But their best partnership together didn't come in a massive chase. It came on a slow pitch in Dambulla, during the Indian Oil Cup triangular series in 2005 against India, chasing only 220. Sri Lanka were 95/6 when Chandana joined Mahela. This time, they didn't need to chase at over a run-a-ball. They didn't need to attack  They needed 125 runs in 25 overs with only 4 wickets in hand, and Maharoof and the two fast bowlers to follow. They needed to bat sensibly. On a windy night in Dambulla, under lights, lots of dew from the lake, in swinging conditions, and a wearing pitch, Mahela and Chandana, slowly pulled off a win right from the jaws of defeat. And what's more, this time they finished the game together. Mahela made a memorable 94* and Chandana; a mature 44*. They had come full circle. From Adelaide, to Bridgetown to Dambulla, together they had conquered and mastered all types of chases, In a time when Sri Lanka were done when Jayasuriya got out, Maiyya and Upula had taught the Sri Lankan public that it's not over till they had their say, and they had done it multiple times, to prove that it was no fluke. In the hearts of the passionate Sri Lankan cricket followers. they had become the ultimate partners in chases. While there is not argument that Sanga is the tonic to Maiyya's Gin, it needs to be remembered that Upula was the "chase" to Maiyya's Scotch.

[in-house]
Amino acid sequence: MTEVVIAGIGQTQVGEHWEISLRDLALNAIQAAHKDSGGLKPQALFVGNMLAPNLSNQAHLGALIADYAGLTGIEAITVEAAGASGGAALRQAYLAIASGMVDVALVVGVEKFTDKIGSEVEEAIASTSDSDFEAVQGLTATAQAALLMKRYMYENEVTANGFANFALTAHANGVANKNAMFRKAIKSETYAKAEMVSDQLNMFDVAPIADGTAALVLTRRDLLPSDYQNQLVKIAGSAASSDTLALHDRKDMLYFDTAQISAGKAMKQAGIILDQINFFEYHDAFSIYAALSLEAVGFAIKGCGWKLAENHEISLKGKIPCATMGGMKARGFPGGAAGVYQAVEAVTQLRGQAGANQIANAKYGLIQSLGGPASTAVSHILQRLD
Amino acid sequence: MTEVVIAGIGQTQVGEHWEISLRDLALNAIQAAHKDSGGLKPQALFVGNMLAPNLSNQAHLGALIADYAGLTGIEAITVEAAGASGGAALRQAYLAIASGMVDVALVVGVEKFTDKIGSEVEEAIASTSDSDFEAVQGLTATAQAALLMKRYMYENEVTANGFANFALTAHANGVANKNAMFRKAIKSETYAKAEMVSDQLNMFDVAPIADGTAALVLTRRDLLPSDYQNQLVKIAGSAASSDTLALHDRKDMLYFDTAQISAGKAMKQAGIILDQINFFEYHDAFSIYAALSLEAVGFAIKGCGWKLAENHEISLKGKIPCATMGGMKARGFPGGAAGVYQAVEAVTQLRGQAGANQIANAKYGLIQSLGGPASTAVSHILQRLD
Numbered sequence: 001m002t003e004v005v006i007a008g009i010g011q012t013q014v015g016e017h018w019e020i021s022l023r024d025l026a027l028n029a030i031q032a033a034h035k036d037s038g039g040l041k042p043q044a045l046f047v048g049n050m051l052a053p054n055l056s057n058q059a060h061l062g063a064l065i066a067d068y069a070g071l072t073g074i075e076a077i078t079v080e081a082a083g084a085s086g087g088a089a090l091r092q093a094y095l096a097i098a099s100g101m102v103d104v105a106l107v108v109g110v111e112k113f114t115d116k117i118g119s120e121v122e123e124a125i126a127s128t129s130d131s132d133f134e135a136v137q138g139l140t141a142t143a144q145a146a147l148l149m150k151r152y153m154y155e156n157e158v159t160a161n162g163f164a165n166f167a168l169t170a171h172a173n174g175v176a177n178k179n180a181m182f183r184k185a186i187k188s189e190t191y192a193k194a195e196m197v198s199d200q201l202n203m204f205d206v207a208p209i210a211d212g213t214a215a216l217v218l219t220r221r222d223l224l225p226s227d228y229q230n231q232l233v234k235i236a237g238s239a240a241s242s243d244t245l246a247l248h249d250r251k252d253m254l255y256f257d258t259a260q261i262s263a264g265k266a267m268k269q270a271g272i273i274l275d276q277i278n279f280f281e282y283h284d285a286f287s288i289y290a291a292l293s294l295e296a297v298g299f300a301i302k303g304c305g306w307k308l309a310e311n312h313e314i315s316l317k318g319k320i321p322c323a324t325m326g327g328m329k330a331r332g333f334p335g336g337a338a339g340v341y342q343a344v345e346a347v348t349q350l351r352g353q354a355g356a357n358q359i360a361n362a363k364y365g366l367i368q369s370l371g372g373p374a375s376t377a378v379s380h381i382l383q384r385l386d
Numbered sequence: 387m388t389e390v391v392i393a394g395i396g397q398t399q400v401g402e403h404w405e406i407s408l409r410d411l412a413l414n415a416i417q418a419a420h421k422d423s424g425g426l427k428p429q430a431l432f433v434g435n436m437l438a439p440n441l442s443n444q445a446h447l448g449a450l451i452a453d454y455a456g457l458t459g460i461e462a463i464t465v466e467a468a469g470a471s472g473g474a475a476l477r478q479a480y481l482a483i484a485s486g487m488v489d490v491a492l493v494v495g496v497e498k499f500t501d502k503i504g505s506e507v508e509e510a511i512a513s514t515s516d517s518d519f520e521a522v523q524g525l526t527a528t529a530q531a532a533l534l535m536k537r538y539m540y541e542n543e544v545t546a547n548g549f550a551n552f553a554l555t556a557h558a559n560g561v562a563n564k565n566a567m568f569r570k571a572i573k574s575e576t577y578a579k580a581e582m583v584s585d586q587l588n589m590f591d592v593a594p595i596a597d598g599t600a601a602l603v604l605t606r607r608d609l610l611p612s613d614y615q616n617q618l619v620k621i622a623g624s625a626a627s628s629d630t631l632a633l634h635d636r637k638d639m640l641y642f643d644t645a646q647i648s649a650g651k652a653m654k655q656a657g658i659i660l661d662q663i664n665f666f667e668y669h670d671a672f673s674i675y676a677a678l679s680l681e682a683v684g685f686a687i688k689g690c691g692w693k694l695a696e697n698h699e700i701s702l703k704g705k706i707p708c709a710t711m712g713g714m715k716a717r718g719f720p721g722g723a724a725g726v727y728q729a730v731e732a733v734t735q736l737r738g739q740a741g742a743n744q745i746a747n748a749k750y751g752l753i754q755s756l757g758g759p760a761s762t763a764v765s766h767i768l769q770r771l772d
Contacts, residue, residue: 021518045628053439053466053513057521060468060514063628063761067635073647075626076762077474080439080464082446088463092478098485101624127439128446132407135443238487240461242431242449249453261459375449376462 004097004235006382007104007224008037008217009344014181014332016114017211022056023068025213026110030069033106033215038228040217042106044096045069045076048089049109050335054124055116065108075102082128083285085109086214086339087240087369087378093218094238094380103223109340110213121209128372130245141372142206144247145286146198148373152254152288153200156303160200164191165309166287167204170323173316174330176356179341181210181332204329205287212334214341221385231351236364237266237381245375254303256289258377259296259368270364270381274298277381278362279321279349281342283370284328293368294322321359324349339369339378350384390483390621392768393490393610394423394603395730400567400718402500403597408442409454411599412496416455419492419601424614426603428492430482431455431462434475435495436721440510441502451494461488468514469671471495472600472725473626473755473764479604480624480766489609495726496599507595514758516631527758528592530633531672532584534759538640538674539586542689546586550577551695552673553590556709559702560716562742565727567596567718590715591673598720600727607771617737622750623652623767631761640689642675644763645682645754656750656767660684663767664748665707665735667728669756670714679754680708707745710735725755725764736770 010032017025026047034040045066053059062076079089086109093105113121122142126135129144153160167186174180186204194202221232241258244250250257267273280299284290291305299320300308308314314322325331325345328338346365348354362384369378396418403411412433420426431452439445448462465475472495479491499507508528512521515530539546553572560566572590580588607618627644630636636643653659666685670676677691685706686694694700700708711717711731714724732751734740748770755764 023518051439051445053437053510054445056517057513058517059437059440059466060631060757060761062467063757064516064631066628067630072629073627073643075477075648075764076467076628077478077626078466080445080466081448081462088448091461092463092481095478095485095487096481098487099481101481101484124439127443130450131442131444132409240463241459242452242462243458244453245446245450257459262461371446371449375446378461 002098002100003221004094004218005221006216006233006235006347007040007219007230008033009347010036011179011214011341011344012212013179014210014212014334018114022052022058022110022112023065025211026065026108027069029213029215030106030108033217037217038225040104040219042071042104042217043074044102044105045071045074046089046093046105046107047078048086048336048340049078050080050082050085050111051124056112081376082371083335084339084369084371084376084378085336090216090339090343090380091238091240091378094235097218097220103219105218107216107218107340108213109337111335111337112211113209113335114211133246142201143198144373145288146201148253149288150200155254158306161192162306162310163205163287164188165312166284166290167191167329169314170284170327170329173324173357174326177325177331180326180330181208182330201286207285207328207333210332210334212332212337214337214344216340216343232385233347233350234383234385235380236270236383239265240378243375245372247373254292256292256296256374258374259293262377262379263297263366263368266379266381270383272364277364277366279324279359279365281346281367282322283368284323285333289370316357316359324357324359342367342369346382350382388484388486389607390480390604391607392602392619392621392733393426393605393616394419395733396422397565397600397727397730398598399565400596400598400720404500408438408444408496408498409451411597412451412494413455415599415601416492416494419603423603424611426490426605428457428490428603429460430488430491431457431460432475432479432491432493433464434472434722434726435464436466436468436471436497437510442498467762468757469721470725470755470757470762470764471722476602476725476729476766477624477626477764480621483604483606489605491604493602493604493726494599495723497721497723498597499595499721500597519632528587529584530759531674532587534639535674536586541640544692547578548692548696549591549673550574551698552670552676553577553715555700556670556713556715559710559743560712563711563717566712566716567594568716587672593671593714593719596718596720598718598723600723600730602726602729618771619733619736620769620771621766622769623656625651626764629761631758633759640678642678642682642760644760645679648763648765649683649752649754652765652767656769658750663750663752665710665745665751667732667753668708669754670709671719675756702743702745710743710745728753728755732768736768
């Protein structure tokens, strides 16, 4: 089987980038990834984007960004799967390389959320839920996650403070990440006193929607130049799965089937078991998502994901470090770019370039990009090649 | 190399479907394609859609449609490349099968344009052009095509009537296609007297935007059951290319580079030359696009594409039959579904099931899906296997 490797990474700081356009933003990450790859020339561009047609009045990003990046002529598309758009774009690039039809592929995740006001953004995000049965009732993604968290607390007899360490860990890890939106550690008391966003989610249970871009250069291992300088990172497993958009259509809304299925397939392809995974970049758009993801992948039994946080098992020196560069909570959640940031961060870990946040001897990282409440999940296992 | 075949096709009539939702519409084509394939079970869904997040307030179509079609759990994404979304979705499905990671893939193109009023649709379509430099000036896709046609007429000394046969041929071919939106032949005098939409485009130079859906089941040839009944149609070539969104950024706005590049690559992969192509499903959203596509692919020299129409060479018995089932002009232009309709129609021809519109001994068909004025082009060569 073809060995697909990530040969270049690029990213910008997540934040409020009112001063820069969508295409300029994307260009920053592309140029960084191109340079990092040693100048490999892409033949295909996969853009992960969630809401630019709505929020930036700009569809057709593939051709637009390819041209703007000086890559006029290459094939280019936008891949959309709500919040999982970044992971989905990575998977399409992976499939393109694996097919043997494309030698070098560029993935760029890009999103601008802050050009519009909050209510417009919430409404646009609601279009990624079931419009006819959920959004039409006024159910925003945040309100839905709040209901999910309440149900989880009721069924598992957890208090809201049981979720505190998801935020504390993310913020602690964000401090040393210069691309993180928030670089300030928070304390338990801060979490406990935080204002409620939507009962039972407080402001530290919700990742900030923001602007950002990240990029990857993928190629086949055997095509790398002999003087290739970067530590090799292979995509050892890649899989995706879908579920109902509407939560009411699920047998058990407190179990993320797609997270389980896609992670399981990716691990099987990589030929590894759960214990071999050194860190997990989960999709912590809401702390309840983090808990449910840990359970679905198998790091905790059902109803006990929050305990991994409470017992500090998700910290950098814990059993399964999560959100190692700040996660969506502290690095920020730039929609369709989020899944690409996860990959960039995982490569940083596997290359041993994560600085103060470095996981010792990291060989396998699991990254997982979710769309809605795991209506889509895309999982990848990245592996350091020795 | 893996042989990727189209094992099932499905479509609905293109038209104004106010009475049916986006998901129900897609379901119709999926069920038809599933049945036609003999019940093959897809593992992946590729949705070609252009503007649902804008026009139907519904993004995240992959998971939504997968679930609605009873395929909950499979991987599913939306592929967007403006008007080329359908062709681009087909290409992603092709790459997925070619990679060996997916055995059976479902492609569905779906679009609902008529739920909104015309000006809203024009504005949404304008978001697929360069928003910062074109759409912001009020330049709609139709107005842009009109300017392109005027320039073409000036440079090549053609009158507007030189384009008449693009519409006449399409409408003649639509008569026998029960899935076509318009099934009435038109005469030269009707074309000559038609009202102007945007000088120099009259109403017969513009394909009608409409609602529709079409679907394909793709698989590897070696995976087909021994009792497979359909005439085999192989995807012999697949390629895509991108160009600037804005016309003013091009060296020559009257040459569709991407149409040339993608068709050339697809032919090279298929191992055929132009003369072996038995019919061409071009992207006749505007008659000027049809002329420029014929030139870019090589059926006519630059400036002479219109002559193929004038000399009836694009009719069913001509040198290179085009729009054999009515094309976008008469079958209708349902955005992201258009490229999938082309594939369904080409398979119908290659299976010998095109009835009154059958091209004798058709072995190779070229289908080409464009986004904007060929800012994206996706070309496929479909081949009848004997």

Sanga-Maiyya would be the partnership the whole world would remember.
But the Maiyya-Upula adventures hold some of the best ODI memories
for the Sri Lankan cricket fan.

16 years have gone by since the day they pulled off their first heist together, and it has been quite a while since the unlikely chronicles of Maiyya and Upula have joined Sri Lanka's cricketing folklore. 4 illustrious world cups later, Mahela has decided this would be his last. Chandana has called it a day for quite a while now, and he will join the likes of me and us fans in tuning in to watch Mahela make at least one more match winning hundred. To Chandana, his unlikely partner in chases, and to me, as Chandana and Mahela are my two favorite Sri Lankan cricketers of all time, it would be a gift from the gods above if Mahela could chase down a big score in Australia for one last time, 16 years later, in the very land he announced him self to the world.